A lot of interesting commentary came out of Tuesday’s entry, What is a size break?, one of which was the question of the optimal size range. By way of example is Sarah’s question:
How many sizes can be reliably covered by grading before the technique breaks down and there really should be an adjustment for a new shape? Misses sizes based on an 8 or 10, can be graded from 0 to 20 (11 sizes). I think it is stating the obvious that this large a grade would not work. In an ideal manufacturing world, what would?
Wars have been started under flimsier pretexts but few would agree it is possible to do a good job of grading 11 sizes from one base size pattern. There is a lot of wiggle room depending on styling and fabrication so try to limit your answer to specific examples.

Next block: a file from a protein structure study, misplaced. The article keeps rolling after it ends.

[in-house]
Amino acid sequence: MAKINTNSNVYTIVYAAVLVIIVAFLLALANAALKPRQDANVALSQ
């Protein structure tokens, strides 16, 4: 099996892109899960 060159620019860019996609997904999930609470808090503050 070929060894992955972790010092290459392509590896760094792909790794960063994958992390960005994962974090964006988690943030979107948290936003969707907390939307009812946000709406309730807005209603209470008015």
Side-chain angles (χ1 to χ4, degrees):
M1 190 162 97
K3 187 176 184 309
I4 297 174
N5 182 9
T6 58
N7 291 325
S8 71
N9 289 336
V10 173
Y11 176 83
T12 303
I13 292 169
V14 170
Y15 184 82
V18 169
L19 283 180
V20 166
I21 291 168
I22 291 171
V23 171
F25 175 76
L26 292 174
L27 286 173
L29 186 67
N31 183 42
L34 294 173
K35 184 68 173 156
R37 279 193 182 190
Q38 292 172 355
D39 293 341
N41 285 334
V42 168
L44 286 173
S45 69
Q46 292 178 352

You should know that today’s entry is a pre-pop quiz to another pop quiz to be published next week (now here). At that time you’ll see how having too many sizes can dilute the size spread such that your medium is not a medium for costing purposes. If you’re not sure why a medium is the base size for costing purposes, Analyzing sales by size is required reading -as is part two in the series. However, this does not mean a medium always should be the base size, far from it. Not knowing when it should or shouldn’t be -or even which size should be- can bury you. Happily, this has a simple solution, I wish most production and sizing problems could be fixed this easily. In next week’s pop quiz you’ll get the chance to explain (or read) how to do that too.
Regrouping, today’s question is: How many sizes can be reliably covered by grading before the technique breaks down and there really should be an adjustment for a new shape?